Tagged: barcelona

On the Twitter: Talking with Andy about soccer business model

I replied to an innocuous “pro tip” from Andy Schwarz (@andyhre). It turned into an interesting discussion about what I contend are two contrasting views, or business models, of professional sports. Schwarz’s analyses generally concern the U.S., and I was suggesting that soccer abroad, particularly in Europe, operates with some assumptions that aren’t included in his models.

This recap is for my reference. Turns out that embedding a bunch of overlapping tweets is tricky, so these are not necessarily in a logical progression. (It might be time to check out this Storify thing.)

If anyone wants more context, tweet at me or leave a note in the comments.

 

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History of Soccer Week 3: Readings and the great Dani Alves

Just a quick post in advance of Thursday’s class. Notes and links to three readings are below, but first I want to share with you one of the most interesting things that happened in world football this weekend. Depending on how closely you follow sports news, you may be familiar with the big story in pro basketball, about the owner of the Los Angeles Clippers and his racial views. An ugly story, for sure.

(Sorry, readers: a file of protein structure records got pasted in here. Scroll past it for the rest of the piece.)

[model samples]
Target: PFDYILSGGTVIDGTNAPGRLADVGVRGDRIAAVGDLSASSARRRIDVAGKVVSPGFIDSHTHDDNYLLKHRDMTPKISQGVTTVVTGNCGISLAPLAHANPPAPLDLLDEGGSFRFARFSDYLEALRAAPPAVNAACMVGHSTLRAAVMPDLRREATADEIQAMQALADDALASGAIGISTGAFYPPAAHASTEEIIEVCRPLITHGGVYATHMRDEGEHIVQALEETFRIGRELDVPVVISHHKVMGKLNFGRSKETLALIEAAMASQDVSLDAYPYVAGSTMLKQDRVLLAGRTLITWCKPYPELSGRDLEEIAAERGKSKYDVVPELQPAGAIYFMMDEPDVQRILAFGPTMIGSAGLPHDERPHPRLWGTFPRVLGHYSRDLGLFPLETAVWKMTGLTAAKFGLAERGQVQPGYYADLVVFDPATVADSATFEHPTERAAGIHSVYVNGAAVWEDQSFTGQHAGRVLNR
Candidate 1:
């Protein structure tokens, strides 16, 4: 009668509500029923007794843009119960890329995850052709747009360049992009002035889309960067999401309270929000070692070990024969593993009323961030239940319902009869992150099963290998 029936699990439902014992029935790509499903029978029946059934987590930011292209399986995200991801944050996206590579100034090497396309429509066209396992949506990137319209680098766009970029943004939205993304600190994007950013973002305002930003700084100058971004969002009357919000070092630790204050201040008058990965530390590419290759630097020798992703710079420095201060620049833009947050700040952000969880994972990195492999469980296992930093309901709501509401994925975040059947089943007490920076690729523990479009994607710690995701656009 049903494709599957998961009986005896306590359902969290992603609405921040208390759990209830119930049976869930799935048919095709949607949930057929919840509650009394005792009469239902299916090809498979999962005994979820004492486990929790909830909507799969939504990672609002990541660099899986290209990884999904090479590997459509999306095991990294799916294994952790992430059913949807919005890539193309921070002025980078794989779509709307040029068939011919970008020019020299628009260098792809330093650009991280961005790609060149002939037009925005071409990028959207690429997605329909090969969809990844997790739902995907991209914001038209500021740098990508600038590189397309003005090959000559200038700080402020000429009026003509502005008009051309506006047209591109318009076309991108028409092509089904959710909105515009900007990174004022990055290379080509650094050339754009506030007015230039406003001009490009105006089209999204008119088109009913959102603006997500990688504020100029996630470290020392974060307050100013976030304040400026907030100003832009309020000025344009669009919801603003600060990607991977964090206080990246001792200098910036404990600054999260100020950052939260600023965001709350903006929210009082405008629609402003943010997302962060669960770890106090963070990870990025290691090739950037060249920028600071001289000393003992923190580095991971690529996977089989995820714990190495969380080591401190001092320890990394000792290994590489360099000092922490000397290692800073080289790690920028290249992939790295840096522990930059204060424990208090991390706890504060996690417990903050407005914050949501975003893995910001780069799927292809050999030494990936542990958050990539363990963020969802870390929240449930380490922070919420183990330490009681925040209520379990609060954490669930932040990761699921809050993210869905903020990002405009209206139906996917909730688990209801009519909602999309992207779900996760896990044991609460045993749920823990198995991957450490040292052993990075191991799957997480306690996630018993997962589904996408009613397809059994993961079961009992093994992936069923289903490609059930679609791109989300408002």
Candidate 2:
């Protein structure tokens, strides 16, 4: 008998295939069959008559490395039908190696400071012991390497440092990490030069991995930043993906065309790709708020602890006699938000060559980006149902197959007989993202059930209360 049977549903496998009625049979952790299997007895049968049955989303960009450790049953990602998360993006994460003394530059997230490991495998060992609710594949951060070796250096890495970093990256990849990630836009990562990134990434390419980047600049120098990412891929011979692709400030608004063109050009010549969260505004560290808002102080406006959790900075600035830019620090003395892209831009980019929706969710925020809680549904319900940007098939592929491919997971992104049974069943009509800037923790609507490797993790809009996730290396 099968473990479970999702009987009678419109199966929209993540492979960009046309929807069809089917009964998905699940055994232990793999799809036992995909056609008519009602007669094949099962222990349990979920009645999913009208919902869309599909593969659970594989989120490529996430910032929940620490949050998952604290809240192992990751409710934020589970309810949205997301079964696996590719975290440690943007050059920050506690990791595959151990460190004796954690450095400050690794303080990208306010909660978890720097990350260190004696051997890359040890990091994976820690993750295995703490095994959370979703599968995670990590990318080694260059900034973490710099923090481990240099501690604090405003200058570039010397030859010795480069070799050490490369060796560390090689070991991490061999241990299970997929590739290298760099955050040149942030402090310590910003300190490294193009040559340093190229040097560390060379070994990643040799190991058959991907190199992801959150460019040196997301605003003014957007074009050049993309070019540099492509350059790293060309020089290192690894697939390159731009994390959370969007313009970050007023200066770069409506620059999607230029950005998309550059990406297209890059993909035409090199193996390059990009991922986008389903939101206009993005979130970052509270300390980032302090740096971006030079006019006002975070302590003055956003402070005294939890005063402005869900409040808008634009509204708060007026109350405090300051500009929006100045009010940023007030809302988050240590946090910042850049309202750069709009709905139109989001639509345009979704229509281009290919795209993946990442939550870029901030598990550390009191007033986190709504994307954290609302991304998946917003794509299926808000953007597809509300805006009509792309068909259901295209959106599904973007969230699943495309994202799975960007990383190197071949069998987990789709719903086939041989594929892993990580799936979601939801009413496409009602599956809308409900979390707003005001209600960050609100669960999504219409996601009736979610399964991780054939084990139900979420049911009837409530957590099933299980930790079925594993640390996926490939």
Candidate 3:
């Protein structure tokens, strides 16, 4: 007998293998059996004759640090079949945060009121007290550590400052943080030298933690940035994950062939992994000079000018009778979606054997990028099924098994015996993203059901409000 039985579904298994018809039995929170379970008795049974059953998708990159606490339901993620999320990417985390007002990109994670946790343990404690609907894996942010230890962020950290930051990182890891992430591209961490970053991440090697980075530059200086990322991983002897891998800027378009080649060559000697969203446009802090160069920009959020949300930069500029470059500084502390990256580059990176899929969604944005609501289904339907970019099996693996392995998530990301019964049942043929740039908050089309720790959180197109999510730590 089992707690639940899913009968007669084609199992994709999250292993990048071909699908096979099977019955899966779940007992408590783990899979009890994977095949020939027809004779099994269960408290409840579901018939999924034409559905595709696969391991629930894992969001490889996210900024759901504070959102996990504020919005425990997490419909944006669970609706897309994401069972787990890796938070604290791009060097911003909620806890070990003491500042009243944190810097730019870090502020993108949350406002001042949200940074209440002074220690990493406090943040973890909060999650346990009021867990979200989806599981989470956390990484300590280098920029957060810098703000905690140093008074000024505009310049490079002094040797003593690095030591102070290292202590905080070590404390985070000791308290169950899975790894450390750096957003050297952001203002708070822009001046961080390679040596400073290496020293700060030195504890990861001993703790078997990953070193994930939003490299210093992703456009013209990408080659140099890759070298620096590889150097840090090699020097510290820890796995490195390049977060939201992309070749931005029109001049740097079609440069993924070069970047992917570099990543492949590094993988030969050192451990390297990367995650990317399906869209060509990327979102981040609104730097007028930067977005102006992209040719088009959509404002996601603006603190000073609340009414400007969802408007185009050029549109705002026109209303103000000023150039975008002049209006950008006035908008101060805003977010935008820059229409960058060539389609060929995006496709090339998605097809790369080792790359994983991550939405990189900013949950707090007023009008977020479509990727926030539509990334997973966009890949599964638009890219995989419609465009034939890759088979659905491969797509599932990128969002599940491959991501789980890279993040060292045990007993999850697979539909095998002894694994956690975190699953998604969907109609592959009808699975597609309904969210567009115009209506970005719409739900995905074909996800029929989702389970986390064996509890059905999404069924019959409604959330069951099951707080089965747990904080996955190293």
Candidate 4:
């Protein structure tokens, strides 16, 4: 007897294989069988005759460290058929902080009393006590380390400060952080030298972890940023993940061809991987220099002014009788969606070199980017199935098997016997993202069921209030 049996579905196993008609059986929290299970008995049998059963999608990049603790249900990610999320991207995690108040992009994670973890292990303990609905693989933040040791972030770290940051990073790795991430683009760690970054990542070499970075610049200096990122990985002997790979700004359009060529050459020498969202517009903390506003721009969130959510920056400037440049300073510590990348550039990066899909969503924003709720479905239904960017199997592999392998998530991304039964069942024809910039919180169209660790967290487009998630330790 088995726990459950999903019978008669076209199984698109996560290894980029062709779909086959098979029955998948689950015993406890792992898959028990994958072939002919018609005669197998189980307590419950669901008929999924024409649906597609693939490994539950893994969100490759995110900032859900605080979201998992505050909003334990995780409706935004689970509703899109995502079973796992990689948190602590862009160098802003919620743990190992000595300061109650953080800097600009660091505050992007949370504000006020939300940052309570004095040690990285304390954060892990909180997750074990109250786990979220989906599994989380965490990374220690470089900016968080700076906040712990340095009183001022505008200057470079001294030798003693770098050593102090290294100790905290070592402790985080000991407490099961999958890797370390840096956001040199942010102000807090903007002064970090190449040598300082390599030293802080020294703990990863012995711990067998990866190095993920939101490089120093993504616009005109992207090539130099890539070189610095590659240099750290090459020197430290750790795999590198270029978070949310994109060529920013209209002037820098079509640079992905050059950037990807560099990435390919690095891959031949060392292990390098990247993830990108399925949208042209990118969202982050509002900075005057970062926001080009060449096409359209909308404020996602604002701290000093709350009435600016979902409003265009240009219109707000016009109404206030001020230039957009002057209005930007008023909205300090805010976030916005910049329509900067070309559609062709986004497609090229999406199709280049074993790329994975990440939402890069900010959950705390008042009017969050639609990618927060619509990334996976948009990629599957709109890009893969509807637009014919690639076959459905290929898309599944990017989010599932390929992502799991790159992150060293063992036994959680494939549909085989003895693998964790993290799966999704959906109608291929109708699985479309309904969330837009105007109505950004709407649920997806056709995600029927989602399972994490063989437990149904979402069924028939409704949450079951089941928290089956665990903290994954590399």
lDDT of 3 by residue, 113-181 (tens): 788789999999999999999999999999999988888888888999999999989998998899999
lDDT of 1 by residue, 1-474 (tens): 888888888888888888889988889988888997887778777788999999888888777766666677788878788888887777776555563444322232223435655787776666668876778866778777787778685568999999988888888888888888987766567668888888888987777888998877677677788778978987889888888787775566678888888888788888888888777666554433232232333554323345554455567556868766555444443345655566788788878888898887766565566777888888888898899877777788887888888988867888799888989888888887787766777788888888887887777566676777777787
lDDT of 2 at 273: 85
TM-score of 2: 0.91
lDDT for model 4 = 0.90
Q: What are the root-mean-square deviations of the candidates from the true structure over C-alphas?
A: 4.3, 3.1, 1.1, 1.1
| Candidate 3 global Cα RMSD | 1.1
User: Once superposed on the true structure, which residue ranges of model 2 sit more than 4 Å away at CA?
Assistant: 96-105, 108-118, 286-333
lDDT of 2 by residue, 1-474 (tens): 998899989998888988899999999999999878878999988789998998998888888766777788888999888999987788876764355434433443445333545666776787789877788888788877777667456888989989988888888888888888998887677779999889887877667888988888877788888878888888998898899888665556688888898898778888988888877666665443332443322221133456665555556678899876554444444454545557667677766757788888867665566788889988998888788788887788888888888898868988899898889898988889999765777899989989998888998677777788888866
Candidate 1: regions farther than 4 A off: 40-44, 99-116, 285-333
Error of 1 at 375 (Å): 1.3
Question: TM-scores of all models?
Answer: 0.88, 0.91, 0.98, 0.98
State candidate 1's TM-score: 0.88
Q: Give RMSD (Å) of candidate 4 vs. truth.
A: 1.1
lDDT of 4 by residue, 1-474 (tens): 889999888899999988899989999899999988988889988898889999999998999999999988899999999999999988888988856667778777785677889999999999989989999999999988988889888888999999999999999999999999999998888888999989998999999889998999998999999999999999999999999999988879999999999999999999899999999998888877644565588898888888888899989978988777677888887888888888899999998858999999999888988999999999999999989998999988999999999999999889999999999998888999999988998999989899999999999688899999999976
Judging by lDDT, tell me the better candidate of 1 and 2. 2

But yesterday, there was also a racist incident during Barcelona’s game against an opponent called Villarreal. In this case, Dani Alves, an Afro-Brazilian defender for Barcelona, had a banana tossed at him from an idiot in the crowd (the game was at Villarreal). Sadly, racist abuse of players continues to be a serious problem in Europe, particularly Spain, Italy and parts of Eastern Europe, including Russia.

In this case, Alves did something rather remarkable. He was preparing to take a corner kick when the banana landed near him. He picked it up, peeled and ate it, and took the kick. Barcelona came from behind to win the game. Here’s the gif:

I’ll let you follow the link below this paragraph to see what happened on social media, only saying that the people you see in the photos are among the world’s biggest soccer stars, including Marta, seen at the bottom. Also, the Twitter hashtag caught on: #somostodosmacacos: “We are all monkeys.” The president of Brazil, for one, praised Neymar and Alves.

All of this happened last night and this morning.

Might as well take this moment to review two things from last week: At the moment the banana landed, Alves was taking a corner kick, which the offensive team gets to do if the defense is the last team to touch the ball before it goes over the endline, also called the byline. And to review our positions, Alves is a defender, specifically a right fullback or right back. Although as a right back he is a defender, he is an offensive weapon as well, running the length of the sideline, also called the touchline. In that Barcelona build-up I showed last week, he was the one who received the ball on the right, repeatedly, in order to attack the goal.

On to some readings. First, some early pages from a book by our guest speaker this week, Ian Thomson. His book is about American soccer in the 1960s, so it will pull us out of our chronology a bit. (Start with the paragraph beginning, “Soccer was not alien….”) [Link removed after completion of the course.]